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Simplifying the College Cost Quest

In last week’s Yahoo!Finance column, I profiled a student who borrowed $200,000 to fund a bachelor’s degree in sociology as part of a larger story on the student debt bubble. (Two years ago I did a piece on a graduate student in arts management who was $135,000 in debt — so the stakes are rising.)

I follow up this Thursday (12/16) with practical tips to finance college on the cheap. For me, the craziest thing in the college search madness is that families invest a gigantic amount of time determining the best institution for their child — but don’t know until the spring before enrollment if he or she can afford to go there.

Colleges engage in this weird pricing scheme in which they publish a sky-high “sticker price” that virtually no one pays. Most students pay the net price — which is the sticker price minus merit and need-based grants (think of an auto dealer who offers cash-back). There is a separate figure, the “up-front, out-of-pocket cost” — which is the net price minus work-study and government loans.

Why do schools do this? People tend to think higher price equals better quality (see this piece for more.) But this financial slight of hand has two downsides: very bright, lower-income students don’t even bother to apply — when they might be eligible for aid that makes a private school cheaper than a state school. Those who do apply don’t know what the school will actually cost until the student receives an acceptance and aid award letter in the spring — and at that point, it may be too late in the game to plan. (The earlier you start saving the better!)

To receive financial aid, families fill out the Free Application for Federal Student Aid (FASFA) as soon as possible after January 1 of a student’s senior year in high school. (Some institutions require a different form, the College Scholarship Services Financial Aid Profile Institutional Methodology form — or CSS. Yes, my eyes are glazing over as I write this, so yours probably are too — but stay with me.)

Families who file FASFA’s electronically receive their Student Aid Report within three to five days (if you file snail-mail it’s four weeks). The schools listed on your application will also receive those results. Families are then notified of their aid packages in April.

Fortunately, the feds have mandated all colleges to post “net price calculator” on their web sites by August 2011. The calculator must estimate the amount a specific student will pay to attend the school, based on the family’s finances and the school’s aid budget. The idea is that parents will still go through the same application process in January but it will be more of a formality, as they’ll already have a clear idea of their costs a year before their child matriculates.

Just remember — the more you save the less college costs. For every $1 in borrowing, you’ll pay back $2 on average. So consider opening a 529 plan for your child today. And check out the new book “Debt Free U: How I Paid for An Outstanding Education Without Loans, Scholarships, or Mooching Off My Parents.” Written by Zac Bissonnette, a senior at University of Massachusetts, it’s an eye-opening look at the pitfalls of college planning.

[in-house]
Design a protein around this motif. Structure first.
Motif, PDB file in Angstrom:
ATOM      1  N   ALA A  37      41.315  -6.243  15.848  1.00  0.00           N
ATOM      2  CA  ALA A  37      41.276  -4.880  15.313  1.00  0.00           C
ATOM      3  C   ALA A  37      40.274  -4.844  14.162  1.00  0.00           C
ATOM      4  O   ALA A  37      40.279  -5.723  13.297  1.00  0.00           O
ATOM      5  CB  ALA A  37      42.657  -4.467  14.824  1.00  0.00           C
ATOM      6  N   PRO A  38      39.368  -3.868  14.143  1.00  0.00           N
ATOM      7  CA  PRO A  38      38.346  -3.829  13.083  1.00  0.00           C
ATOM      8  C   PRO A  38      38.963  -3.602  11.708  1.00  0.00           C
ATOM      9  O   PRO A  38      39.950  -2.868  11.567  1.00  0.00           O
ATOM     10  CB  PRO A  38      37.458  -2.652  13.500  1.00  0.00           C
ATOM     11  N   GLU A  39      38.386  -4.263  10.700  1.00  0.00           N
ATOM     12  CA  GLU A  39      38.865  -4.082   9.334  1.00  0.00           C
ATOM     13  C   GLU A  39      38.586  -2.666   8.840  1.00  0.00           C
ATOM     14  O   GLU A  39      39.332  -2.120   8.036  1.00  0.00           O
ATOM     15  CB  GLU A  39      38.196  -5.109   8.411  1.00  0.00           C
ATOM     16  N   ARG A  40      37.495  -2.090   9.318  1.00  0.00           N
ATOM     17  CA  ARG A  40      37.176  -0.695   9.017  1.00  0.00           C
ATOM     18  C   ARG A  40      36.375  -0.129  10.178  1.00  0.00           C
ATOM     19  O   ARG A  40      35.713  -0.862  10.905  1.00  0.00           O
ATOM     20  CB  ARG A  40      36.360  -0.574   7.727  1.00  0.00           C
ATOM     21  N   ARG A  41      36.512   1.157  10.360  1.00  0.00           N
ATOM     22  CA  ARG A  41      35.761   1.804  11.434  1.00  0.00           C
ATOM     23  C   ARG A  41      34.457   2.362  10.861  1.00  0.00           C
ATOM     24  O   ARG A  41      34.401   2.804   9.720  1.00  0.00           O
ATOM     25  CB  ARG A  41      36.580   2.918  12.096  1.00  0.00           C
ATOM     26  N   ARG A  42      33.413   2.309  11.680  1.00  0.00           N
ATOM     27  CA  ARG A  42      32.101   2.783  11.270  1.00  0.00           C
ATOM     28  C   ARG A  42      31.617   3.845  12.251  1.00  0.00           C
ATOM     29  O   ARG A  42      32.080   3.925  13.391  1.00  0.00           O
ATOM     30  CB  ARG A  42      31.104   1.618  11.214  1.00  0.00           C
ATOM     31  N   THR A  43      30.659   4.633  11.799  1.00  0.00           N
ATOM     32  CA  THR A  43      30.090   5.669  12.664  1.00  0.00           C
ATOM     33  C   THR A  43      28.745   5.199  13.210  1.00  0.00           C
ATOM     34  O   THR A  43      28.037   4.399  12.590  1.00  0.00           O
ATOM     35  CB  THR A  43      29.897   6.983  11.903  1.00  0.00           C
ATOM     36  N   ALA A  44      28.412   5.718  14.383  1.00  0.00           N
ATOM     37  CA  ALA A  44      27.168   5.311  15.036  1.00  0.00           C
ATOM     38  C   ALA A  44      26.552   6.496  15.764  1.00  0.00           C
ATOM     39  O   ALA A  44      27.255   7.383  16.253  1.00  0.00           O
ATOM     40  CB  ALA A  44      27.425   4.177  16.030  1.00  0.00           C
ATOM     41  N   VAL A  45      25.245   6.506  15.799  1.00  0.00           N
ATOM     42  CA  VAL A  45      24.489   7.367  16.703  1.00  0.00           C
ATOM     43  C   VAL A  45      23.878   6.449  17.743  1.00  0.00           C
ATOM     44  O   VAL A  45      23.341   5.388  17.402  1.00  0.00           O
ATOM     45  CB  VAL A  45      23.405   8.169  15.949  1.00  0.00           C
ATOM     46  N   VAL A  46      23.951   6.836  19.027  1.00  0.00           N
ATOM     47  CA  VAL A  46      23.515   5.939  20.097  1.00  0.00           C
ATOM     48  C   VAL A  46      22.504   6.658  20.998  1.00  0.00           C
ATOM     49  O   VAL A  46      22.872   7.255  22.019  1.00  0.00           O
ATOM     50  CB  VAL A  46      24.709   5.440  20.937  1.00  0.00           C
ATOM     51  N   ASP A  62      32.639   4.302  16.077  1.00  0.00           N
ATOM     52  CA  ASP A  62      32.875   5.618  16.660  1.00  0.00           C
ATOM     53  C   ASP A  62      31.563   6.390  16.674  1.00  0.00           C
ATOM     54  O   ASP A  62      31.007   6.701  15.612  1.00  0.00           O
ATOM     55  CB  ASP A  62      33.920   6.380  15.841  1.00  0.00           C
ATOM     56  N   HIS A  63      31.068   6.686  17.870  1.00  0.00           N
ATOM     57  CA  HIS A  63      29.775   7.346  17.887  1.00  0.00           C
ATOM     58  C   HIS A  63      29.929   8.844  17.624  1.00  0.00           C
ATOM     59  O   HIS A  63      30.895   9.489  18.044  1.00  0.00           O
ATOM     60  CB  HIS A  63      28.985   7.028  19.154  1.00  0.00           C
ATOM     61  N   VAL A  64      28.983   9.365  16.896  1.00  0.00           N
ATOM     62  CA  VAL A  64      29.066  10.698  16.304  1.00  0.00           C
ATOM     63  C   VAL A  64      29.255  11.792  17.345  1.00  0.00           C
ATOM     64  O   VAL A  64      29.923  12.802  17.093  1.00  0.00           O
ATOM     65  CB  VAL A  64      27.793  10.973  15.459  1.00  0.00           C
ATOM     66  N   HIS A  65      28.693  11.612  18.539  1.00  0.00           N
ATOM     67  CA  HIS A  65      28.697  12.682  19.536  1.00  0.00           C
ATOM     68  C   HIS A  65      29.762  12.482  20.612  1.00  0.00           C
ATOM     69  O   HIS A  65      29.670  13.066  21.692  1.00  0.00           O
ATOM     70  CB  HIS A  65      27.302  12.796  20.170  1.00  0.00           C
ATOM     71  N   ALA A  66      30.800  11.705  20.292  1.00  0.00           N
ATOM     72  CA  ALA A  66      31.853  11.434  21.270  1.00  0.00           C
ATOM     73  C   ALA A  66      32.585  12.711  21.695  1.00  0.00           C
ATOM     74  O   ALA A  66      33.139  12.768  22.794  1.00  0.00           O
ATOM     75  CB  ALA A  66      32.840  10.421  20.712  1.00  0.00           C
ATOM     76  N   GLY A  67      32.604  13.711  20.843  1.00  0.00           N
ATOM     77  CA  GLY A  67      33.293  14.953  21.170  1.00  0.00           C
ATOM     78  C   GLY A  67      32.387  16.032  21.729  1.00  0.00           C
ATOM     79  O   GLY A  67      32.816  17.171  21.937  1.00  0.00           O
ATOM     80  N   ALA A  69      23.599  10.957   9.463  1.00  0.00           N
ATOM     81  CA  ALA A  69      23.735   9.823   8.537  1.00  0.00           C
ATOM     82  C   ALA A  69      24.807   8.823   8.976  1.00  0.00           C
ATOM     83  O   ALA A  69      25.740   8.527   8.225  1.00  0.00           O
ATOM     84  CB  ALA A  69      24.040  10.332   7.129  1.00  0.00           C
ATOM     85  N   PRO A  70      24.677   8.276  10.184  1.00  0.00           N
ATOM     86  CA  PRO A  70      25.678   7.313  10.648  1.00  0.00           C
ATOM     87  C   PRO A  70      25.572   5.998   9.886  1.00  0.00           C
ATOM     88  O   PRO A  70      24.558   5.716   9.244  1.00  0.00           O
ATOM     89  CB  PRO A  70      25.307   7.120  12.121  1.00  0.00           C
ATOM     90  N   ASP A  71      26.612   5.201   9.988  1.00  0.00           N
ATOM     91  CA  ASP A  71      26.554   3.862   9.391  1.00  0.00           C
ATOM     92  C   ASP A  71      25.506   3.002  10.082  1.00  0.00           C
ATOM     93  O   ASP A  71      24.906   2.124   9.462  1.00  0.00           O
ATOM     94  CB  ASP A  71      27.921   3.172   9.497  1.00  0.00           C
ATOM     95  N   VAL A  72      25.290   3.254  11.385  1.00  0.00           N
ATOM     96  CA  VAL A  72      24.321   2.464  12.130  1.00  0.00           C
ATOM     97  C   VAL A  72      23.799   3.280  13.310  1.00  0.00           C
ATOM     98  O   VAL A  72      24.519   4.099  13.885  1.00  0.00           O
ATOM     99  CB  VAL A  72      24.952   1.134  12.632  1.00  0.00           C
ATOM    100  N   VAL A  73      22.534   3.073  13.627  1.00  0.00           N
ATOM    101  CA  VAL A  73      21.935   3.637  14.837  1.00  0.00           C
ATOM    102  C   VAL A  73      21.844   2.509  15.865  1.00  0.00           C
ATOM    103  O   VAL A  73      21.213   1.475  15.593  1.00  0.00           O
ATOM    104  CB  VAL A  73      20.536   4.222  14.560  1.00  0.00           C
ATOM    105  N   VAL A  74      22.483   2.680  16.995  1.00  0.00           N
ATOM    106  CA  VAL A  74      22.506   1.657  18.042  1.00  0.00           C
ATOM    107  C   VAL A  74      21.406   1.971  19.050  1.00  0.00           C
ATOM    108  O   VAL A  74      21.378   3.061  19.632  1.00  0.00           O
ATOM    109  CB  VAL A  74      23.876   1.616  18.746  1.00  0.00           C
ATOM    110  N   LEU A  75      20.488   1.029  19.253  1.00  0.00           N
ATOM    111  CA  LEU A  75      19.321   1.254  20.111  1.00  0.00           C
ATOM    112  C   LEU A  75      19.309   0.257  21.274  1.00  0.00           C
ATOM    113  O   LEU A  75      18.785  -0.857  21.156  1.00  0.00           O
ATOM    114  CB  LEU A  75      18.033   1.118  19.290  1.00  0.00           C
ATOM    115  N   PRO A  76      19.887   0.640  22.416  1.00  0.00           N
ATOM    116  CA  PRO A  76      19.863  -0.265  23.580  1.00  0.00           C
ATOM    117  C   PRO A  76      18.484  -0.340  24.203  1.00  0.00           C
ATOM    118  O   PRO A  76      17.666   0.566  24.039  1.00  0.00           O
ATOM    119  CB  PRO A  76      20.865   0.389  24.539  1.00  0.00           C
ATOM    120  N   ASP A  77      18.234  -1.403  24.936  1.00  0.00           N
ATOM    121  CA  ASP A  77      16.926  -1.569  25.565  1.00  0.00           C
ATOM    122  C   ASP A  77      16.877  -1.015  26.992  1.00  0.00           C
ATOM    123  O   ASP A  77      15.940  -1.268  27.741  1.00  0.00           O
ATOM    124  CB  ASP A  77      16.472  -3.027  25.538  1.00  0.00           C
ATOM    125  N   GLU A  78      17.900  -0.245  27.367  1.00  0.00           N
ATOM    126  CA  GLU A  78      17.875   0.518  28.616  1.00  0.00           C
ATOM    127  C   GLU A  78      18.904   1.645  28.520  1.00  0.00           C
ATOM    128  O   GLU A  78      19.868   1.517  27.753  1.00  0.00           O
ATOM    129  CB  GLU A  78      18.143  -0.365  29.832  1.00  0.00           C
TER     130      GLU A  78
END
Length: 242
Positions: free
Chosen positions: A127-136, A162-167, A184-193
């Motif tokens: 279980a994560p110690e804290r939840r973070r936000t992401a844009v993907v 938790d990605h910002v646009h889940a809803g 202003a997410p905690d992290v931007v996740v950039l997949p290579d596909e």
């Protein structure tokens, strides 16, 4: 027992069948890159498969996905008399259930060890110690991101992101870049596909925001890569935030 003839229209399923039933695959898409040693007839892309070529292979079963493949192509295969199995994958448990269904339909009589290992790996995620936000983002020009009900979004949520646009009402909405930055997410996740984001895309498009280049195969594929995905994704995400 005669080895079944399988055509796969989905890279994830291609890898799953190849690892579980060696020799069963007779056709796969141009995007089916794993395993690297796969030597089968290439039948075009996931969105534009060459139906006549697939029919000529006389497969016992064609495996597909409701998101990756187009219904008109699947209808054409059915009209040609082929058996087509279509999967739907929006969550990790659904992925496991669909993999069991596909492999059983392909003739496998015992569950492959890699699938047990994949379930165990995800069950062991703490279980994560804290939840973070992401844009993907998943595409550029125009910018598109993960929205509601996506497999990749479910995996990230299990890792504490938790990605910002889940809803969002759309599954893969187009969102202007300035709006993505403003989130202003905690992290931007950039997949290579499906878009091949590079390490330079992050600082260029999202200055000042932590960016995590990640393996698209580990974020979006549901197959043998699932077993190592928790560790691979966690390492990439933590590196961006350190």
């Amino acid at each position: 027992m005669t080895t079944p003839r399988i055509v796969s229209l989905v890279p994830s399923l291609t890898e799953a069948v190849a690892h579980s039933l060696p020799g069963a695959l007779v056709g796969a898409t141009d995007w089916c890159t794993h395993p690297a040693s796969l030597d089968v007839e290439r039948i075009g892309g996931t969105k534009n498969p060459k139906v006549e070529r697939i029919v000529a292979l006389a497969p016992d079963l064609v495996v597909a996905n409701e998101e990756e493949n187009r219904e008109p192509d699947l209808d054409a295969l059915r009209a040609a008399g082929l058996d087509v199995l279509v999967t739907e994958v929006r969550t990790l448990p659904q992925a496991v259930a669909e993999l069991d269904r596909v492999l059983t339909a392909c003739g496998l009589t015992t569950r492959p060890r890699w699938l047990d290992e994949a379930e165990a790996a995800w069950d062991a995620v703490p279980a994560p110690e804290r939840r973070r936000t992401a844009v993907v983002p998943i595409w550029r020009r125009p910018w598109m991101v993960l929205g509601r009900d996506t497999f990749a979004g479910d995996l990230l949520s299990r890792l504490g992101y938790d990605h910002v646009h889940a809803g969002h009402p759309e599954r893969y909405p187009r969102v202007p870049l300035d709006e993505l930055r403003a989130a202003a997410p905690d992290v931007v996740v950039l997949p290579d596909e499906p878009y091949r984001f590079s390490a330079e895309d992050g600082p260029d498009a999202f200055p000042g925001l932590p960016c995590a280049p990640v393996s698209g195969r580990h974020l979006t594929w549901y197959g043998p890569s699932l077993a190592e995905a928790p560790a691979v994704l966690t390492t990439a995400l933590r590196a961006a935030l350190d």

I interviewed Zac in November; at age 21 he understands the risks that many people twice his age don’t take seriously. (If they did they’d have more saved and less debt.) For instance, he opposes parents taking out home equity loans to finance college. “The New York Times had advice on paying for college that was horrible,” he told me. “Someone wrote, ’I am thinking about whether I should use a Parent Plus loan,’ and the advisor said to take out a home equity loan because rates are insanely low.’ But what if you lose your job or get sick? If your financial plan is for everything to keep going the way it’s going, then your financial plan is a piece of crap.”

Now there’s an author with a bright financial future.

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One Response to “Simplifying the College Cost Quest”

  1. Zac Bissonnette Says:

    Great post!

    And a blog about Money & Happiness is such an important place to talk about student loans because few financial obligations can interfere with the ability to build long-term happiness the way that student loans can.

    See, for instance this 2007 study — http://www.nber.org/papers/w13117 — which found that “debt causes graduates to choose substantially higher-salary jobs and reduces the probability that students choose low-paid “public interest” jobs.”

    The battle for intelligent college financing decisions is a battle for the future happiness of Americans, and it’s huge to have Laura Rowley as an ally in it.

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